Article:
That’s not to say Black Palms isn’t ever thinking just outside the frame of his street canvas to see how his art may interact with the immediate surroundings. Take that large piece, a three foot-wide amoeba sitting slightly worn away on a concrete stopgap between two elevated streets near the Broad museum, Otium restaurant, and Walt Disney Concert Hall.
“Sometimes my placement is chosen to create a specific discussion, to create a juxtaposition or incitement,” he says. Other times, the eggs are about gathering places, which often means cafes, restaurants, and bars are a natural fit. On the blocks-long walk of Vermont in Los Feliz it is possible to catch nearly a dozen eggs of various sizes and shapes dotting the sidewalks and curbs in front of places like the new all-vegan Honeybee Burger. “Sometimes I just put them where I think kids will find them.”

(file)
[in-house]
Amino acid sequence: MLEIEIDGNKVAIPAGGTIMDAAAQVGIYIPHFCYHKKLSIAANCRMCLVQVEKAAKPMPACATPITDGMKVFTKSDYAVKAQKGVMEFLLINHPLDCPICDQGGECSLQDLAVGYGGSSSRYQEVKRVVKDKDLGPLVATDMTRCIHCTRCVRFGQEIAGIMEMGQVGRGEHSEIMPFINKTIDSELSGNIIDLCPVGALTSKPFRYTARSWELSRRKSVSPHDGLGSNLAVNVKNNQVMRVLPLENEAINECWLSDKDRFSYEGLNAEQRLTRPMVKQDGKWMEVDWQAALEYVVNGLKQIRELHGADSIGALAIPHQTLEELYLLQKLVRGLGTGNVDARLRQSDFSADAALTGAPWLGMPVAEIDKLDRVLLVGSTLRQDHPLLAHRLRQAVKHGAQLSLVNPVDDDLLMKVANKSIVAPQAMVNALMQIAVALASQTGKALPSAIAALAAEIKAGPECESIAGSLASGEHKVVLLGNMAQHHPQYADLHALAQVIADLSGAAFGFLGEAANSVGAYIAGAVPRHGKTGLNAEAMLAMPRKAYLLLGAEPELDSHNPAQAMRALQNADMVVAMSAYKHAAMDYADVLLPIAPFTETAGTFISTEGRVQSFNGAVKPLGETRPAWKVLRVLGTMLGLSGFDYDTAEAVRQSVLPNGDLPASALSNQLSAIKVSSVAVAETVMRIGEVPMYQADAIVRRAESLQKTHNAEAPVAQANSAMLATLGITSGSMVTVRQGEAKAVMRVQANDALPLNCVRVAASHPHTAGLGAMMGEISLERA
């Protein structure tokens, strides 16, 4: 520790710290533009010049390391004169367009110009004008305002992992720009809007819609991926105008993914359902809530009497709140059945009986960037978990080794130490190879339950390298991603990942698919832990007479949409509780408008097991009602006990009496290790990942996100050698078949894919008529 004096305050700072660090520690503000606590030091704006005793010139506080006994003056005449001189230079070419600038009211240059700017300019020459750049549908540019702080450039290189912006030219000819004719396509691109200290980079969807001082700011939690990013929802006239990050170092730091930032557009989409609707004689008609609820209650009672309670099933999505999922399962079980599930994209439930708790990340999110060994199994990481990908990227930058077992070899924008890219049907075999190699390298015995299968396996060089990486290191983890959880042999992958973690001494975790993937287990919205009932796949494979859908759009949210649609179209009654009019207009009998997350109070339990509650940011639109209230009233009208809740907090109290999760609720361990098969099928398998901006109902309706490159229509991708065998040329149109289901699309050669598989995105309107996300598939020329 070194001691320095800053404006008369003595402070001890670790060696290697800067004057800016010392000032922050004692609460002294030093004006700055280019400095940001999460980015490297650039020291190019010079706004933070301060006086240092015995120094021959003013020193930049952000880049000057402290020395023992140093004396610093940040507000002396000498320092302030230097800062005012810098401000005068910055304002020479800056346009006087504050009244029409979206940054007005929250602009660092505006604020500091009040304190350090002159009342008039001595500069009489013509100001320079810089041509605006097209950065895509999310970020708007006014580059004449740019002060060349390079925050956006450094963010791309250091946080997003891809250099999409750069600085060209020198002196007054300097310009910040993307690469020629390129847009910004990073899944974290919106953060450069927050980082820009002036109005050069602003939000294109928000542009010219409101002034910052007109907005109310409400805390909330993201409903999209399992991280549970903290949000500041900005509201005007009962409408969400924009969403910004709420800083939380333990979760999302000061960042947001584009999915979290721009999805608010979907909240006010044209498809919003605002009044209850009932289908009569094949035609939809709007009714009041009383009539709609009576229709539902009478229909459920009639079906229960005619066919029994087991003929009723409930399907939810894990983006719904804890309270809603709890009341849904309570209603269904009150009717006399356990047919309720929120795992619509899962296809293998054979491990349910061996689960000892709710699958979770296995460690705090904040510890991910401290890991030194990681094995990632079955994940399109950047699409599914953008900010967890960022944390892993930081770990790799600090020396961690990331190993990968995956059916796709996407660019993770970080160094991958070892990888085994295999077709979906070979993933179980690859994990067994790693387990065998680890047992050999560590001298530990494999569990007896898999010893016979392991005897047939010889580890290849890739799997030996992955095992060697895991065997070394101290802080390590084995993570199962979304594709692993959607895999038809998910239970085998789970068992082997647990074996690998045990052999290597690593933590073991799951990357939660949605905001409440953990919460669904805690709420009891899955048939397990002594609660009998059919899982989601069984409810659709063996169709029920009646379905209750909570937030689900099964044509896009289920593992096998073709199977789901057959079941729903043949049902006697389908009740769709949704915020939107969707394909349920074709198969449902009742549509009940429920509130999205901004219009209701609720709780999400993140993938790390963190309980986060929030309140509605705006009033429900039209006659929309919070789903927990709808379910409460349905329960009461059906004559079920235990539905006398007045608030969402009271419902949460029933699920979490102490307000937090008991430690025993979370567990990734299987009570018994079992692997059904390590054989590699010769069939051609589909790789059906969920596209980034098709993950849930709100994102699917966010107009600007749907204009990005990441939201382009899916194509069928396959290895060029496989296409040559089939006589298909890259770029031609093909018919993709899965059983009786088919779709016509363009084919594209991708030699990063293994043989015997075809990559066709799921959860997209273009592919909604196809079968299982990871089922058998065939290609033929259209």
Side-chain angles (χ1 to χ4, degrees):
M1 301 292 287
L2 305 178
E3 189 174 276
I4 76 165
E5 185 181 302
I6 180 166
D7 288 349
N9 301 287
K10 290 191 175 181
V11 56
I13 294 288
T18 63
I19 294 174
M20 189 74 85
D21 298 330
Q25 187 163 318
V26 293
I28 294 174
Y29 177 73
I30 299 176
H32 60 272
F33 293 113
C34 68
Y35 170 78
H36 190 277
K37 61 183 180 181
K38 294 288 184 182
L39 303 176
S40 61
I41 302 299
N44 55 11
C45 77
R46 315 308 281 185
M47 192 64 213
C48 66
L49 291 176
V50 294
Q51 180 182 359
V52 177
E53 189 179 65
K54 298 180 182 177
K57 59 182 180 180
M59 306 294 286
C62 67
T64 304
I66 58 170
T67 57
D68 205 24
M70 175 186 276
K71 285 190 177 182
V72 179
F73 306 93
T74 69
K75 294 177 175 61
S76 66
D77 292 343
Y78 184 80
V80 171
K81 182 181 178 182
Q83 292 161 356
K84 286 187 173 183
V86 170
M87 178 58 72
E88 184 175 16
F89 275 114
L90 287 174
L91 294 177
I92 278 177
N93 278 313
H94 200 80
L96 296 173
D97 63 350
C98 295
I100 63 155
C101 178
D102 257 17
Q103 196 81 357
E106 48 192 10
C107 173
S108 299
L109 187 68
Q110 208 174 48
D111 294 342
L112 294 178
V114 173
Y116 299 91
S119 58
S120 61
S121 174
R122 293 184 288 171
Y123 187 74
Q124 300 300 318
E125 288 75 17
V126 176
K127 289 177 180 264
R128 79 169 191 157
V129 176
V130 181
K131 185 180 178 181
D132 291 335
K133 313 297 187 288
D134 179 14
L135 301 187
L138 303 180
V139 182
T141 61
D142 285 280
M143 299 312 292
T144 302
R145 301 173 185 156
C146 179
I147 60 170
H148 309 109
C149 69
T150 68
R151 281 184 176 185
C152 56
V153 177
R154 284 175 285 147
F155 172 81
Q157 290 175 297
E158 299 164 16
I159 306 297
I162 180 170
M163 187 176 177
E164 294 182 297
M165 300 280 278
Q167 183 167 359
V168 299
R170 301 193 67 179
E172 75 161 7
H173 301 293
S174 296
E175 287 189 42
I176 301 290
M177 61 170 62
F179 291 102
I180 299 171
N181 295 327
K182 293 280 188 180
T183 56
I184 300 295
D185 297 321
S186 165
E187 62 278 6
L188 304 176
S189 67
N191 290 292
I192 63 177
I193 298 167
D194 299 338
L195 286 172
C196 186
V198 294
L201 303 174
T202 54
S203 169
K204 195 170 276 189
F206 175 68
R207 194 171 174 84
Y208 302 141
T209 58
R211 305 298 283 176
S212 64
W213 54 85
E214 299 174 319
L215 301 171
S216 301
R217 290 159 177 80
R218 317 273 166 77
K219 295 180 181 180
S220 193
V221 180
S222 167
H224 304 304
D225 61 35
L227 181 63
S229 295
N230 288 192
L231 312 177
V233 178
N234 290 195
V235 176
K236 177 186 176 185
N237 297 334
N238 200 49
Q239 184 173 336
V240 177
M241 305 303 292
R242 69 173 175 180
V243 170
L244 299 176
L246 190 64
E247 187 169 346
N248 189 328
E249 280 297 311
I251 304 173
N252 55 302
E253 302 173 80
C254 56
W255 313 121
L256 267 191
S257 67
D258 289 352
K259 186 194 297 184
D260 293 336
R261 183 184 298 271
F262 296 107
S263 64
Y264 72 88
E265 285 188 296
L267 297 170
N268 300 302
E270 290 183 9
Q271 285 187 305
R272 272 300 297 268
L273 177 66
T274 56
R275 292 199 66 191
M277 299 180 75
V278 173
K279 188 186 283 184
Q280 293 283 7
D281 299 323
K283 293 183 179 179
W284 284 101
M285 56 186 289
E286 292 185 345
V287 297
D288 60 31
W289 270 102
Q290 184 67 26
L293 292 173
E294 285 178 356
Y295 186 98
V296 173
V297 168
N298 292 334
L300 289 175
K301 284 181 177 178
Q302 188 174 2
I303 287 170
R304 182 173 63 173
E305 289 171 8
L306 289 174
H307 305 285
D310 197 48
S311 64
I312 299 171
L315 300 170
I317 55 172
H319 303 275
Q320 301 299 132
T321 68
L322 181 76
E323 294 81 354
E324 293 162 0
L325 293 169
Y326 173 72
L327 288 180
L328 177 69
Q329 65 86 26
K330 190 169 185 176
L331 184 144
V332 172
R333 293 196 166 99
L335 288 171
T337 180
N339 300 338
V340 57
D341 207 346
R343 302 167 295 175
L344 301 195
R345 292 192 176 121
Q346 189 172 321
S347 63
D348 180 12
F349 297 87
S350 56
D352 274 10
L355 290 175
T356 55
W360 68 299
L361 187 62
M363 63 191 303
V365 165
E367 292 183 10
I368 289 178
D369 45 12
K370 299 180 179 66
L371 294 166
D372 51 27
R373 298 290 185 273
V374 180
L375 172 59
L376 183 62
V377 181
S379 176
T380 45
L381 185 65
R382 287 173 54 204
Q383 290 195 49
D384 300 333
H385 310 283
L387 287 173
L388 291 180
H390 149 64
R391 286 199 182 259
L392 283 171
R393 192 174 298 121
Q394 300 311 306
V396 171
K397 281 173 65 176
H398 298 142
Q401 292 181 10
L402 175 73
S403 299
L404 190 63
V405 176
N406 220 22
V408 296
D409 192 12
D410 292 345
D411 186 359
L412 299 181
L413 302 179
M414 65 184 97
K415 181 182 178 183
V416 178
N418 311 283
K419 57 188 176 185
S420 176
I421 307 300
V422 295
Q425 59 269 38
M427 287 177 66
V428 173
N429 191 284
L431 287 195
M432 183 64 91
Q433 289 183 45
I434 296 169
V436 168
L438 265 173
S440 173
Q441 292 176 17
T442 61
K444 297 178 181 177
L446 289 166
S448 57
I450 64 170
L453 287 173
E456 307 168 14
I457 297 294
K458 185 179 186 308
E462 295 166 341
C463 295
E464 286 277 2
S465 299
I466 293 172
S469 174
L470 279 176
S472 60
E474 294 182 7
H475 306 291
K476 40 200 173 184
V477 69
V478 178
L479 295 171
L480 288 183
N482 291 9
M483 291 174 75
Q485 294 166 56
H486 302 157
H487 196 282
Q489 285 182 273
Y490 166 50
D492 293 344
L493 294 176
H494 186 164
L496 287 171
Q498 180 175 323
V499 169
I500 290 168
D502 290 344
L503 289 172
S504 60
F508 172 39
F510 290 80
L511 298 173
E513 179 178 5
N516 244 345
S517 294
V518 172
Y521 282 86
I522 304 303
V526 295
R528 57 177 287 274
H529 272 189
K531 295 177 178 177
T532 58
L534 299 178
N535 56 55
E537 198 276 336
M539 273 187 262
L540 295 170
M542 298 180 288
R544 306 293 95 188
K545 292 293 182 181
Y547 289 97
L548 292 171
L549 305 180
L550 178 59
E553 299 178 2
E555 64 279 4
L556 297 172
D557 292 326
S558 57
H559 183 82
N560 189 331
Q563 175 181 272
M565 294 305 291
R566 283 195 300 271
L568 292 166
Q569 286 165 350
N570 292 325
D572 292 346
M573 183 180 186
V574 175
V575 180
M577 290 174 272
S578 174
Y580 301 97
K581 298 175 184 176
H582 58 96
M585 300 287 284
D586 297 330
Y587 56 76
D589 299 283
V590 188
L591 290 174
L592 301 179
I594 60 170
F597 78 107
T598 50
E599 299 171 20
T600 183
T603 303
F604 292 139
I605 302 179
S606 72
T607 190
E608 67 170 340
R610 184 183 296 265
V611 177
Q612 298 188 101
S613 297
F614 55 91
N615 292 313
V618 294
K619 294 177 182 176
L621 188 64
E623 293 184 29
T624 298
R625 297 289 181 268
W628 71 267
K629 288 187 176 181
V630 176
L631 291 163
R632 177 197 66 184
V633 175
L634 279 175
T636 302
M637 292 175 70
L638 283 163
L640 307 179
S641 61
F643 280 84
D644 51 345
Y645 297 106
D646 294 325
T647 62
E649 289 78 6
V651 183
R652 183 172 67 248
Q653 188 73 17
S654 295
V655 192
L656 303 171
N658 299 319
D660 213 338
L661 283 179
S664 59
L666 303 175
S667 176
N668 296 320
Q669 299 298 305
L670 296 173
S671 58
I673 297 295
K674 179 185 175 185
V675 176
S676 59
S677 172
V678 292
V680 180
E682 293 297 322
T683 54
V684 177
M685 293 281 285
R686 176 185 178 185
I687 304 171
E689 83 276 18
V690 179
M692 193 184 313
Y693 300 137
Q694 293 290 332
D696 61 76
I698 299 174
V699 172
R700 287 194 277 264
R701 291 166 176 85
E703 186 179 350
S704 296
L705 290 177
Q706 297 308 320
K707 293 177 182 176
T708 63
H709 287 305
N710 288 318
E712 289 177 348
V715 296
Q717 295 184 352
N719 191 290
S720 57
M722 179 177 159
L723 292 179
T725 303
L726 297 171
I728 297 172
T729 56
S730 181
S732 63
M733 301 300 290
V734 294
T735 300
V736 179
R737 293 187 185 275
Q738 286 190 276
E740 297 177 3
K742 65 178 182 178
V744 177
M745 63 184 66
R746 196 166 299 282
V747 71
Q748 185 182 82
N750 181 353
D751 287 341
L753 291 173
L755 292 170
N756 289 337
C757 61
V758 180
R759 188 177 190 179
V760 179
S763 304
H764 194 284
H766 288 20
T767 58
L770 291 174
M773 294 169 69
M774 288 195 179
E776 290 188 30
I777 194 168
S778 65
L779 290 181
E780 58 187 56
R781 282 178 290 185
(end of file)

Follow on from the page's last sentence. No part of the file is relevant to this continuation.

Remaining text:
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By his count, Black Palms believes there must be “thousands” of eggs dotting sidewalks and railings, both nationally and internationally. There’s even one in Atlanta, Georgia where he got started at the famed Krog Street Tunnel in Cabbagetown. There, one of his eggs made it into the background of an episode of the show Atlanta. Other cities to find eggs include: Charlotte, Pittsburgh, New York, Buffalo, San Francisco, Tucson, Honolulu, and London.
Just in talking to Black Palms about his eggs, or in noticing them passively around the city, his perspective on questioning and inciting begins to make sense. The egg is familiar, but is shrouded in questions.